When it was announced in March that the Spring 2020 learning circles would move online in response to the coronavirus, a number of people who had been planning to take “Oppression and Resistance” or “Ages and Stages” as continuing education withdrew their registration. A very reasonable decision. For one person, the sudden need for childcare was a barrier to participation. For another, the new pandemic reality provided enough new challenges without adding one more.
But for Paul Gehrs and Steve Scott, both of whom had been planning to spend a week at the Centre for Christian Studies in Winnipeg, the appeal of being part of a community of co-learners exploring vital issues of ministry outweighed the disappointment of not being able to sit in the same room with those co-learners.
Paul and Steve decided to continue with their continuing studies, despite the change in format.
Paul Gehrs works for the Evangelical Lutheran Church in Canada, in the areas of justice and ecumenical and interfaith relations. He staffs three task groups dealing with oppression and resistance in the church, and was drawn to the “Oppression and Resistance” learning circle by the title. “I wanted to explore the concept of resistance,” he says. He recalls hearing similar messages from both Palestinian Christian leaders and Indigenous leaders: “The oppressors do not get to determine the forms of resistance.”
“This is part of a life-long process of learning to work for justice as a person of privilege,” says Paul.
Paul also has another connection to CCS. He was part of the hiring committee that selected David Lappano and Janet Ross to join the CCS program staff a number of years ago. “So at a personal level,” he says, “I was interested in experiencing their teaching in action.”
Steve Scott is a United Methodist pastor from Wisconsin. Steve fell in love with Canada after a vacation to Alberta last year, so when the time came to think about continuing education he went looking for theological schools in Canada. “I’m 10 years into full-time ministry and felt ready for a more immersive experience than a typical one- or two-day seminar.”
His interest was piqued by the concept of “learning circles” at the Centre for Christian Studies, and by the specific content of “Ages and Stages.”
“I was looking forward to visiting Winnipeg,” Steve says, “But I feared my opportunity to take part in the learning circle was dashed upon news of covid-19.”
Moving the April learning circles online allowed diaconal ministry students and continuing studies students to have the learning experience without needing to leave their homes.
But of course, it’s not the same.
“I was disappointed that it was to be online rather than in person,” says Paul. “I quite missed being able to go out for lunch and possibly a beer after class.” But Paul also realized that the task force work he was engaged in would also most likely be moving online, so the learning circle was an opportunity to practice listening deeply and respectfully in a virtual context. “There are some different skills needed to be present and listen in-person instead of online… Experiencing the CCS process for creating respectful and reflective space will be useful.”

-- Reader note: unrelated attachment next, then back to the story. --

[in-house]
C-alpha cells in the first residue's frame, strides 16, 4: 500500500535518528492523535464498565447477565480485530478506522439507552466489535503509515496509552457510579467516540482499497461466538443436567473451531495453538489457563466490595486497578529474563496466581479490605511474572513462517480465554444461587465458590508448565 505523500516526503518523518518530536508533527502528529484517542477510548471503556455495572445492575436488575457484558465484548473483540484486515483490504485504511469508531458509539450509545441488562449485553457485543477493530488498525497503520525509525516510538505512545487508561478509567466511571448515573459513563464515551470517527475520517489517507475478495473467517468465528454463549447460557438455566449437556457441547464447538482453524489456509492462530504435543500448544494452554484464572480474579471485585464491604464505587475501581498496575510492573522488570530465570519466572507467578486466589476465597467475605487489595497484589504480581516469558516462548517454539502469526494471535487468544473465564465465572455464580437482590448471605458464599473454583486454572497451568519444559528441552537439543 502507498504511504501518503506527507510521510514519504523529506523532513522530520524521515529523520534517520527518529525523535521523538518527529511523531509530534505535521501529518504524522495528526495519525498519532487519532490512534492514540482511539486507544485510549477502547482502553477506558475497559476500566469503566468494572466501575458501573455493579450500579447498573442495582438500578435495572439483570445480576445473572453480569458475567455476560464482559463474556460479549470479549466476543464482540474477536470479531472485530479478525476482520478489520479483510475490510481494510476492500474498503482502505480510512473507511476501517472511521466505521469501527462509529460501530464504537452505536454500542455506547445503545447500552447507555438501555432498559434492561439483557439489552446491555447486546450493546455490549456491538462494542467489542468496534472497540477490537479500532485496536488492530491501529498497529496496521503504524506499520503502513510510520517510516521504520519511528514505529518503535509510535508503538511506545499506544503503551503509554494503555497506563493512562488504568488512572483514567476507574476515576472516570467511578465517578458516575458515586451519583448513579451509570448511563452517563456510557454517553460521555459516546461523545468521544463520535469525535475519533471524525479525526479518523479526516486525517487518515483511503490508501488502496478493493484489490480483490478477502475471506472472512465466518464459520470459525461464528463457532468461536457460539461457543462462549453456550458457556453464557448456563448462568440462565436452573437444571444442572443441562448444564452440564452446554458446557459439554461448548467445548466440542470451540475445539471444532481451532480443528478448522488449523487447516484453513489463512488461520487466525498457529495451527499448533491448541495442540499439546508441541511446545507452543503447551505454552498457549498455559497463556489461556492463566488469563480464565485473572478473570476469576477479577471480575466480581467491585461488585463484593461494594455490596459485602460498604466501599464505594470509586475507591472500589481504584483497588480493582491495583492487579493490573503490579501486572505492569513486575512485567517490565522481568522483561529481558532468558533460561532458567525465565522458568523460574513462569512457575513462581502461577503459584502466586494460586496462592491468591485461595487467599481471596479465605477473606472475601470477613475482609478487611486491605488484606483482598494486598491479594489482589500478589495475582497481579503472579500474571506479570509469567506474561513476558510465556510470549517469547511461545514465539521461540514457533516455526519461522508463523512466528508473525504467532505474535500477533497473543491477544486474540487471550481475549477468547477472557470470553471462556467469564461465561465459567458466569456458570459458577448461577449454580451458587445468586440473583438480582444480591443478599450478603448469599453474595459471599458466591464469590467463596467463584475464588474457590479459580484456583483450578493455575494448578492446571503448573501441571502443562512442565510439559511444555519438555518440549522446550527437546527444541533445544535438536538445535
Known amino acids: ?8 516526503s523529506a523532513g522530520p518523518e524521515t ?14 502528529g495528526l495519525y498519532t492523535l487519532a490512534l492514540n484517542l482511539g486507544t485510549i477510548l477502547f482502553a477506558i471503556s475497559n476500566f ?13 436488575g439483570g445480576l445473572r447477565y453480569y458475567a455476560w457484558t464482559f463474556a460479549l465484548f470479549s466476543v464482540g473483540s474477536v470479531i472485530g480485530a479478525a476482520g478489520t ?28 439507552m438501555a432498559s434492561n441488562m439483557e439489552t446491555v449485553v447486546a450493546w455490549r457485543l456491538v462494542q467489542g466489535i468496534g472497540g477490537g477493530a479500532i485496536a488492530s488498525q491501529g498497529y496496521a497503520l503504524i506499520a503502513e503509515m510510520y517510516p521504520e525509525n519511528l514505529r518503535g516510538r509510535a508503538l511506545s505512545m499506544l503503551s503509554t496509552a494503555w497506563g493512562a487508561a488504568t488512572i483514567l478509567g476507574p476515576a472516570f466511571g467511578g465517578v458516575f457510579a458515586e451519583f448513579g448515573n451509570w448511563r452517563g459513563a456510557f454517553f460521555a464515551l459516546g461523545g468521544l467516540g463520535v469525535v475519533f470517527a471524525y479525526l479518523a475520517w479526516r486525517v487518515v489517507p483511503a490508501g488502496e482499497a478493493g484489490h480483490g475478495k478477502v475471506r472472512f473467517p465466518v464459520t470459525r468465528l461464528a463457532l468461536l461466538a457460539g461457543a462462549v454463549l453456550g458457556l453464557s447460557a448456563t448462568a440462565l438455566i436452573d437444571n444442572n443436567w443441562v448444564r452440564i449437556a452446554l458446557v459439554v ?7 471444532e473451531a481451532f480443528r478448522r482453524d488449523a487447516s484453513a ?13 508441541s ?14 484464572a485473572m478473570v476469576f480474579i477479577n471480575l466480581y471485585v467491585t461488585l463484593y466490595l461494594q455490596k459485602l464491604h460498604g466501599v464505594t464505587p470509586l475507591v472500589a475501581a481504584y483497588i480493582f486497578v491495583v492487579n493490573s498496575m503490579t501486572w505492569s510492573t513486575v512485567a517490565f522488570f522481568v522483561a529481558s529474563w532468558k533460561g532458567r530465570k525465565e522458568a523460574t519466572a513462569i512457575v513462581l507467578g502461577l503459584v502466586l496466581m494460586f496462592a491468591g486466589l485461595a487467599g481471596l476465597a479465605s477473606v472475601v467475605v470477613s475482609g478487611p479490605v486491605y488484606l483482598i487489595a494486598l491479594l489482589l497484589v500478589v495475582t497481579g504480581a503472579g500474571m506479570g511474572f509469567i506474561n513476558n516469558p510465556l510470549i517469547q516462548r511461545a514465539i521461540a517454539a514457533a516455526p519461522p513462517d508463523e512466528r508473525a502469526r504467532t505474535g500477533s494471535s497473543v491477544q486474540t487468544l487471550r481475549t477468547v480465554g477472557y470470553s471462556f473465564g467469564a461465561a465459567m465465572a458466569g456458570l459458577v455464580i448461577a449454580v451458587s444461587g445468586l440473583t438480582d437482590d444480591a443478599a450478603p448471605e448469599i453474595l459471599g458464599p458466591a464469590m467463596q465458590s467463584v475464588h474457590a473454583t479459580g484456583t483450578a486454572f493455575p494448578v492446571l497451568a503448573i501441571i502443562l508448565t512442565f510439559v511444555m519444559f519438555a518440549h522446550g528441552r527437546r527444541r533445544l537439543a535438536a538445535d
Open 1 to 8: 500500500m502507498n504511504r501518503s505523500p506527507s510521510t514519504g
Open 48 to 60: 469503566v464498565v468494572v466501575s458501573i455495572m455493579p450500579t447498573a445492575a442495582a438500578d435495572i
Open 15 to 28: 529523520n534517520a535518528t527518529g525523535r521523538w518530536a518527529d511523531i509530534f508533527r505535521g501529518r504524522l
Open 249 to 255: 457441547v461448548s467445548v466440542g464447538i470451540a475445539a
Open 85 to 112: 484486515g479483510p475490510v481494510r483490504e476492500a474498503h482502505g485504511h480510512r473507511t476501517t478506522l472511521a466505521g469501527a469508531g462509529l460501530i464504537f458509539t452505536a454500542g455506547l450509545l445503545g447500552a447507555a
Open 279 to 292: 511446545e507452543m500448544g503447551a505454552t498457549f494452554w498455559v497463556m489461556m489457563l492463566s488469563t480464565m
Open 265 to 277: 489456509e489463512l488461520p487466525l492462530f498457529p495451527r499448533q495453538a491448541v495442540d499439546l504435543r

Steve also acknowledges that an online intensive was not his first choice, but it provided an opportunity for “six wonderful days to make new friends and colleagues. I was energized by the in-depth learning and conversations, and appreciative of the careful planning and thoughtful leadership of CCS staff.”
An added benefit for Paul, besides not having to commute, was that he was able to immediately share some of his learning with his spouse. “We were able to do some of the ‘go outside and observe’ exercises together.”
Both Paul and Steve brought questions from their own contexts, as well as experience and theological insights. Other students expressed appreciation for their presence in the circle, for their open and enthusiastic engagement in the conversations, and for their contribution to the richness of the learning community. “I really appreciated the review of learnings group,” says Paul. “It was a nice size and offered continuity of debriefing space. In feedback time, I was encouraged to speak up more often at appropriate times… This will have a lasting effect.”
“I learned (and re-learned) a great deal about intergenerational ministry,” says Steve, “which will be immeasurably valuable in my pastoral ministry. Being exposed to the learning circle concept also has shaped my interactions with leaders and congregants back home with new creativity.”
“Although I still hope to visit CCS and Winnipeg in-person someday, the online learning circle was a bright spot and source of encouragement in these uncertain times.”